Dr. Mackay explained to us how there are two main causes of sea level rise.

"It’s the expansion or contraction of the ocean by changes in the temperature of the ocean. Right now we’re talking about expansion of the ocean because the ocean is heating up," Dr. Mackay said. "Cause number two is simply the addition of water from land based ice. Those are the two fundamental drivers of sea level rise."

While some of the students we talked to mentioned melting ice, none of them were able to identify the expansion of warm water as a cause of sea level rise.  We asked Dr. Mackay about other misconceptions people have about sea level rise.

"Even if some scientist tells me it’s going to go up by 2 or 3 feet in 80 years it doesn’t sound like a lot, because I may live 200 feet above the ocean, but understand that that seemingly small amount of sea level rise can have a very large impact on the global Earth system and especially coastal communities," Dr. Mackay said. "It’s a couple feet, we could just build our walls a little higher, but you’d have to build a wall around the entire continent. It’s just not that simple. As soon as your raise the global ocean level a little bit, when i start talking about storm surges, hurricanes, global hazards, it goes up non-linearly. In other words, a small change can have a big impact."

So based on how we’ve already changed the environment, sea level rise is unavoidable, and we will need to develop ways of dealing with it.  We asked Professor Fagherazzi to explain what we can do about sea level rise.

"Singapore is building a new port. They’re rebuilding one of the largest ports in the world, and they ask their scientists to forecast sea level, and they raise the port accordingly. In Venice there are plans to put gates up to block the surges, they’re building them now," said Dr. Fagherazzi. "They’re doing the same thing in London, so London is very low, and with sea level rise the center of London could flood from the Thames, so they put up locks. They put up locks in St. Petersburg, and in Amsterdam in the main channel."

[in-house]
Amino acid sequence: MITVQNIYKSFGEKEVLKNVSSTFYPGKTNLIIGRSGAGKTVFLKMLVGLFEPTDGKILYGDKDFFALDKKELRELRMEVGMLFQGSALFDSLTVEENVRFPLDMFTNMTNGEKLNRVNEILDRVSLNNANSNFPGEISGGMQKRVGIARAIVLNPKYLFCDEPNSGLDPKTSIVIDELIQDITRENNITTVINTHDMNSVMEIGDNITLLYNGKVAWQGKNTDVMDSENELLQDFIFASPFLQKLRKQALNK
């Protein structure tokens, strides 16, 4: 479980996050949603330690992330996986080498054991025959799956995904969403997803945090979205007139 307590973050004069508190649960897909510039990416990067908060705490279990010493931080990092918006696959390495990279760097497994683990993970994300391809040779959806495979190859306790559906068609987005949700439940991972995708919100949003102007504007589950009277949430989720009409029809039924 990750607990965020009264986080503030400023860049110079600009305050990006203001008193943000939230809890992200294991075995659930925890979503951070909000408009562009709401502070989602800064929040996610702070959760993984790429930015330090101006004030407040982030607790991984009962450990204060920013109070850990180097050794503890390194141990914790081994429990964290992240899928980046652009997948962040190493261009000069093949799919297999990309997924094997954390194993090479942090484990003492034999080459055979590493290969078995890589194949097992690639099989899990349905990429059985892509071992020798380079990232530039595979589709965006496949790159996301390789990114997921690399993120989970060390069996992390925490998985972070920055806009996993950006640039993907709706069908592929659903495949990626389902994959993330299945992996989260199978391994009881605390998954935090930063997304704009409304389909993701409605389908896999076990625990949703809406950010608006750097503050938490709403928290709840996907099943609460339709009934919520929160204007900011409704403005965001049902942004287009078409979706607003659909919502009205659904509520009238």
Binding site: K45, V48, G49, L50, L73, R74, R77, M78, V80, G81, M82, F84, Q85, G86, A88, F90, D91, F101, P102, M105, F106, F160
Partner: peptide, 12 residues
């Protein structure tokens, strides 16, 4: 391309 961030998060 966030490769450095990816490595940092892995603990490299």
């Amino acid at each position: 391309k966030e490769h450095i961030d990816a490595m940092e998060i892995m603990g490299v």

"A lot of places they’re already acting to stop the flooding but they’re hard structures and very expensive. I don’t know if they’ll make the same plan for Boston, but the two options are to stop flooding or just retreat," Dr. Fagherazzi said. "I would stay far away from the shore, at least two meters above high tide, and 200 or 300 meters inland. I would never buy a place that is less than two meters above high tide and 200 meters away from the shore. It’s important that we don’t develop areas that are very low, I think in a lot of places we’re still building at the shore without considering these extreme events.

So it seems like it is necessary for us to deal with a mix of climate mitigation and adaptation when it comes to global sea level rise. When we say climate mitigation, we mean actions to reduce global warming, just like Professor Fagherrazi was talking about in terms of reducing our carbon footprint. Adaptation to a changing climate, and changing sea levels, would entail innovative engineering, like building walls for example, or a significant change in the way we live.

"Nobody knows for example that where we are now, Boston University, was a wetland or even some parts were a bay. So here was water, and now it wants to go back to water. And people think it’s safe, but how many students know about the tide? If I ask a student how high the tide gets, they don’t know, because we protect ourselves with these walls and locks, to prevent the tide from coming in and flooding," he said.

"When there’s a big flood you can see water rising a lot, and we feel protected, but that protection is very ephemeral. The same as New Orleans, they thought they were protected because of the levees, but they didn’t even know they were under water, technically. I would be worried if I were young, of some situations. I would be very careful where I decided to live, lots of places on the shore nowadays, it’s not a question if it’s going to be flooded or not, but a question of when."

Created by Eleanor Ho, Lauren Mock, Josh Taylor, and Kaiya Weatherby.

Sea level rise image sliders provided by Climate Central. Global temperatures are predicted to rise by 2°C by the end of the century.